Strive not to be of success, but rather to be of value. Albert Einstein
Truly appreciate life, and you’ll find that you have more of it. Ralph Marston
Arthur Miller’s Death of a Salesman and Thornton Wilder’s Our Town both explore the fulfillment of life. Emily and Willy Loman fail to take advantage of their lives because they have the wrong priorities and do not take the time appreciate what they already have. Willy focuses solely on achieving his dreams of success as a salesman and helping Biff become a great man, resulting in him ignoring his family, declining status in society, and reality, leading to his demise. He never realizes what he has lost by chasing after inconceivable dreams; however, Wilder’s Emily reflects on her life after she dies and begins to understand that her lack of appreciation for the little moments took away from the fullness of her life. Even though Wilder and Miller tell two unique stories, they use similar methods to show their thoughts on living and essentially convey the same message about how dreams can ruin people and how not appreciating the little things takes away from the quality of life.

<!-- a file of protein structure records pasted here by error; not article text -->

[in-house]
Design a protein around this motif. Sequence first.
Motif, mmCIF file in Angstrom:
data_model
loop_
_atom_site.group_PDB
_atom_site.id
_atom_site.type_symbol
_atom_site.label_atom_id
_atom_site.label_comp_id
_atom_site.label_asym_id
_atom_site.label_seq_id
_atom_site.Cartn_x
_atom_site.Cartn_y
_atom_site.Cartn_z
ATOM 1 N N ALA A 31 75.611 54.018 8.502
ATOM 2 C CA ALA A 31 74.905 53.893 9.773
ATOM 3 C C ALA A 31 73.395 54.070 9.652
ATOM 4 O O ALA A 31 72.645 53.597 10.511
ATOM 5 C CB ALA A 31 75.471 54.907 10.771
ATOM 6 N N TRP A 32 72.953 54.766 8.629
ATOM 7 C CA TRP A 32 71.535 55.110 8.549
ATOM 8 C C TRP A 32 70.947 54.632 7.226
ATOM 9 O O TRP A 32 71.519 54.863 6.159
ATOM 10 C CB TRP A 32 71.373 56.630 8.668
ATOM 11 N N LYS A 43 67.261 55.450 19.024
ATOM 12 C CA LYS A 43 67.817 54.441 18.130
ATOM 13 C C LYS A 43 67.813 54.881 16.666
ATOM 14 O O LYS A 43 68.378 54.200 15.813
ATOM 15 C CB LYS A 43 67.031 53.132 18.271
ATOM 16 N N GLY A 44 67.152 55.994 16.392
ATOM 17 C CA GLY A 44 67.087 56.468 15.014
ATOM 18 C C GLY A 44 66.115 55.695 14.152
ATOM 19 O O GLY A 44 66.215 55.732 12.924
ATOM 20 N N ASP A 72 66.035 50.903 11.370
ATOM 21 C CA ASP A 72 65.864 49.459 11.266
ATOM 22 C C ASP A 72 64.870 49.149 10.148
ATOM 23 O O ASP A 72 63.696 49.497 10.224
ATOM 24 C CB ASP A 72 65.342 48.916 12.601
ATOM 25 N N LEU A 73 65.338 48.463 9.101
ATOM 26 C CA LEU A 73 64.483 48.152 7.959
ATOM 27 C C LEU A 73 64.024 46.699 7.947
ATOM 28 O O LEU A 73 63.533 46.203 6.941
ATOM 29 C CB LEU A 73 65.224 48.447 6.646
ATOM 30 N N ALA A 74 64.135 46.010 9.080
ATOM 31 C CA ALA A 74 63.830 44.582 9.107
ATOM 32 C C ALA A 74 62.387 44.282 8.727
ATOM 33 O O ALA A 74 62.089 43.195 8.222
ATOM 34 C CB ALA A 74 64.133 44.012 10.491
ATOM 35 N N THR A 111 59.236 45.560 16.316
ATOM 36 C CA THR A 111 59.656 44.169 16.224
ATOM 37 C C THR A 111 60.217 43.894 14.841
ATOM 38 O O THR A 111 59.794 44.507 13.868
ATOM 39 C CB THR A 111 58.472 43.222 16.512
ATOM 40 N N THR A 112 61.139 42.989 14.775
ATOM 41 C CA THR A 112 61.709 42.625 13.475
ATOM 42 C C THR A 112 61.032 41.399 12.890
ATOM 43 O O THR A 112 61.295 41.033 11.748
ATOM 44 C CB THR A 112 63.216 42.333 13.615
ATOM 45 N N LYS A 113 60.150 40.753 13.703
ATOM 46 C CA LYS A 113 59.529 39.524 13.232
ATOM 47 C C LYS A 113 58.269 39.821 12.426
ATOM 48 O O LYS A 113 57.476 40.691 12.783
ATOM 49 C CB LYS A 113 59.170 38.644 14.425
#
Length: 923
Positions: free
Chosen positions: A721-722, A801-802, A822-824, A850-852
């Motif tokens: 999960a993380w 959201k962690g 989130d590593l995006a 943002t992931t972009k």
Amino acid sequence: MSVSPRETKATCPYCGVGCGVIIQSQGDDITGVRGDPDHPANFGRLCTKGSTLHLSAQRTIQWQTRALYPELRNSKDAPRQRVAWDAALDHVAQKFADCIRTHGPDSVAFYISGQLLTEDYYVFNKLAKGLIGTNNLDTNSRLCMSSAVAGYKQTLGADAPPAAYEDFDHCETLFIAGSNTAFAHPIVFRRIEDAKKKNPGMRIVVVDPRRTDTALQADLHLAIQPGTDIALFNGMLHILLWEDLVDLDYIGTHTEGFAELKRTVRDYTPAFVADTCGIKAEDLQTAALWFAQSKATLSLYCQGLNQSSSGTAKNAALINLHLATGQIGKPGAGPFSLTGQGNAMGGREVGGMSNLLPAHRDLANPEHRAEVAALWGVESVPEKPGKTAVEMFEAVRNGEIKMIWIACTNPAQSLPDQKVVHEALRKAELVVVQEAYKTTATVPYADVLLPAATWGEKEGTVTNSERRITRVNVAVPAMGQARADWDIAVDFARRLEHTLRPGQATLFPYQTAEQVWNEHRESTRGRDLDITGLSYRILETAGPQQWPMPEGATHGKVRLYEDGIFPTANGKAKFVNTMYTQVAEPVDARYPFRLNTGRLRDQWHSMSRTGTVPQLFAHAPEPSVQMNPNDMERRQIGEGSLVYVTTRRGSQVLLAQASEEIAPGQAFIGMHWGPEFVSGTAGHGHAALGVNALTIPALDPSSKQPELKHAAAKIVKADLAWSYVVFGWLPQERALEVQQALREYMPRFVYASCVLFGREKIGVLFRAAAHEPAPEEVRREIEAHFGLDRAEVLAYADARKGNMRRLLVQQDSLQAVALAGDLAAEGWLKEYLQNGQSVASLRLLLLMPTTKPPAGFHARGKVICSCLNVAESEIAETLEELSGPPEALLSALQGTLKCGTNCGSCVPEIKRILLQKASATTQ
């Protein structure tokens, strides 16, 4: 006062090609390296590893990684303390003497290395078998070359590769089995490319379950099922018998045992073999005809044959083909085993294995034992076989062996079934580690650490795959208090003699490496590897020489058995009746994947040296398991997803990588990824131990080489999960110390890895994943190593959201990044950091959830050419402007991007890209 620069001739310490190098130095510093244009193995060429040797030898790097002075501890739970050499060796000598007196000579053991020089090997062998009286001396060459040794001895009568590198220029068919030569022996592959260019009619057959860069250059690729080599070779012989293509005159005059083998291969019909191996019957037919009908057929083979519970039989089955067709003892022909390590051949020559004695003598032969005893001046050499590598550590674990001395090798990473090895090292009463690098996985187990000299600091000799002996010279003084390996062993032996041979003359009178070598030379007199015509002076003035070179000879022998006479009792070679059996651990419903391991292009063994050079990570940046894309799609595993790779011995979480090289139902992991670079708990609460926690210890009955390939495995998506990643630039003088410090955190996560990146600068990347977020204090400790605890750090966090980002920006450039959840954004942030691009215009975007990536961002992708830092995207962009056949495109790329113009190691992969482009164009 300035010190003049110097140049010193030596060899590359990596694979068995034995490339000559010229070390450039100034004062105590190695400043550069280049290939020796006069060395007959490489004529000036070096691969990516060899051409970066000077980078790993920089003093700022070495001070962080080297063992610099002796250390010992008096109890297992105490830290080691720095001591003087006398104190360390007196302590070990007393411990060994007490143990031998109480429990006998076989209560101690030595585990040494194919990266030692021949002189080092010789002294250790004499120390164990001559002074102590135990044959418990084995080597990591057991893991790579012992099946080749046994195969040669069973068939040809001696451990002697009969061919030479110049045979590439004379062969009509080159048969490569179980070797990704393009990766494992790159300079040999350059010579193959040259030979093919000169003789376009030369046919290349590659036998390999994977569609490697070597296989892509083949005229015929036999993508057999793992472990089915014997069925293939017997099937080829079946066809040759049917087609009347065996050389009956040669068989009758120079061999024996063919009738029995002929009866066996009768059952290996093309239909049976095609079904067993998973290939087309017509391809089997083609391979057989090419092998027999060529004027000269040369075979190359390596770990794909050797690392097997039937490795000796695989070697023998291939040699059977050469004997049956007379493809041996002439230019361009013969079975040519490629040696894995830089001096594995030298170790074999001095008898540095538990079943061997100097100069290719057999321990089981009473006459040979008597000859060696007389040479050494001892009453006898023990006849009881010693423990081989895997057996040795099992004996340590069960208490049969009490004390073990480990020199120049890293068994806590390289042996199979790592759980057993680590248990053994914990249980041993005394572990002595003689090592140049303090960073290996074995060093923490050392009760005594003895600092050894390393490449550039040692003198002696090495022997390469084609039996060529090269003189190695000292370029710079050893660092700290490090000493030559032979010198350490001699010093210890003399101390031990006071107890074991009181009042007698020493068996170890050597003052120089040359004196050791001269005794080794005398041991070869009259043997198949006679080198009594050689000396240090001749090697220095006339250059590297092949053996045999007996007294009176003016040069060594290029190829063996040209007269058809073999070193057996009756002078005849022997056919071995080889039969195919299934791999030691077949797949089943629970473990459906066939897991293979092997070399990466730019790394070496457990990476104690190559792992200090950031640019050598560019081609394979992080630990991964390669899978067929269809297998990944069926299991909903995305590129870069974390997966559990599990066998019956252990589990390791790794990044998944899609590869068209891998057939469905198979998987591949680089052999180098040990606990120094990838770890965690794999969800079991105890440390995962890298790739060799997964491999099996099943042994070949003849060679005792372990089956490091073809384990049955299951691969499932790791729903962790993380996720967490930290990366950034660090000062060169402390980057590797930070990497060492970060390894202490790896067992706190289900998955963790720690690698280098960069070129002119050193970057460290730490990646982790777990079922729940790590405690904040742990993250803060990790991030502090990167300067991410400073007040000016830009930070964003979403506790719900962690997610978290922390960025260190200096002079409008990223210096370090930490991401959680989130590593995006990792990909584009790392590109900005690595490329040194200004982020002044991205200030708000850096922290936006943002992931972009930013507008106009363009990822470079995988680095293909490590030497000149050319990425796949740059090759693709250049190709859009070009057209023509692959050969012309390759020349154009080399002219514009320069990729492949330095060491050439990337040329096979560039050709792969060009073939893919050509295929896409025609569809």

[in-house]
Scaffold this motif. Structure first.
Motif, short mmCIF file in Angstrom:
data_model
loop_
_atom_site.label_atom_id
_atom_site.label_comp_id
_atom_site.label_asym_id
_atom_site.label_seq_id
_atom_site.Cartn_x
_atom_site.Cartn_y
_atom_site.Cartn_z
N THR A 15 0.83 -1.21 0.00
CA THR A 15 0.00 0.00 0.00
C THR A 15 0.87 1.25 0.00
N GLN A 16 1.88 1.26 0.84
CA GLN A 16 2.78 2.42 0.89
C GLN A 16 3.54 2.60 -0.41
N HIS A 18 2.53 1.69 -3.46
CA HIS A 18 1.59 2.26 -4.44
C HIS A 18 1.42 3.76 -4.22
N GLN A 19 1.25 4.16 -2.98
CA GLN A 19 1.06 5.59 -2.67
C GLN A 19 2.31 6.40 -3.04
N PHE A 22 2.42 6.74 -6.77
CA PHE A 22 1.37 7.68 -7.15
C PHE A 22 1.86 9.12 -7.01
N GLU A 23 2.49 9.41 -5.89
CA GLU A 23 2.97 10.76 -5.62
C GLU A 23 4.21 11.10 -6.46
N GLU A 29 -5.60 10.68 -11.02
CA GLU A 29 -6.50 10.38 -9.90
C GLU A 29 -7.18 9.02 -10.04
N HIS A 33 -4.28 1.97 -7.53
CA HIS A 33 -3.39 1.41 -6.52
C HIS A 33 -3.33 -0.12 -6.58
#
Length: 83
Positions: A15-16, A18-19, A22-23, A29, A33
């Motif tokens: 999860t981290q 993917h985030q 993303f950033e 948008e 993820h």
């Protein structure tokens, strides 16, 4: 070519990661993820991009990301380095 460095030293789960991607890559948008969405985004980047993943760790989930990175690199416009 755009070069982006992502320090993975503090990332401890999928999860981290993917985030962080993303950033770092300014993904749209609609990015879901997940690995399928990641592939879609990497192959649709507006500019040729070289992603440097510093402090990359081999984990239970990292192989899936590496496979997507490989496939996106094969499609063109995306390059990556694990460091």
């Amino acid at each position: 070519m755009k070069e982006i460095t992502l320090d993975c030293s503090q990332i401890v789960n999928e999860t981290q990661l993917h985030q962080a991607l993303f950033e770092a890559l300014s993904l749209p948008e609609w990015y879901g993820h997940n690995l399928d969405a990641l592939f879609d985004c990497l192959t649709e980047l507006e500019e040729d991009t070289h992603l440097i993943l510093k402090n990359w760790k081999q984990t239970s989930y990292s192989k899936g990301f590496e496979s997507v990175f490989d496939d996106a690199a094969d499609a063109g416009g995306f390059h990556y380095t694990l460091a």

After seeing both his father and brother find success, Willy attempts to prove himself to his family by chasing after his own version of the American dream. Willy grows up in the “wild prosperity of the 1920’s” when rags-to-riches tales inspire everybody, making them believe that “achieving material success [is] God’s intention for humankind (Abbotson, Criticism by Bloom). Willy’s father, a “very great” and “wildhearted man,” made a living traveling and selling flutes, making “more in a week than a man like [Willy] could make in a lifetime” (Miller 34). Even though Willy barely knew his dad, he built him up in his head as an amazing person and role model, striving to be as “well liked” as him (Miller 34). Willy also idealizes his brother, Ben, as evidenced by his constant one-way conversations with him. Ben, a “genius” and “success incarnate,” goes into the jungle in Africa at the age of seventeen and emerges four years later, rich after discovering diamond mines. Willy constantly seeks Ben’s approval on the way he’s raising his boys because he is trying to “imbue” them with the same “spirit” that allowed Ben to become so successful (Miller 37). These conversations give a glimpse at Willy’s insecurities about his parenting skills and his desire to help his kids be just as successful as his idols, therefore proving himself to his family and showing his worth. After seeing the people he looks up to find success, Willy begins his quest to achieve his dreams, leading to his pursuit of success at all cost. David Singleman inspires him to become a salesman, and he feels satisfied with his marketing abilities up until the Great Depression when “nobody ha[s] money to buy anything but necessities” (Abbotson). Instead of being satisfied with his life, he compares his success to that of Ben’s and laments that he did not “go to...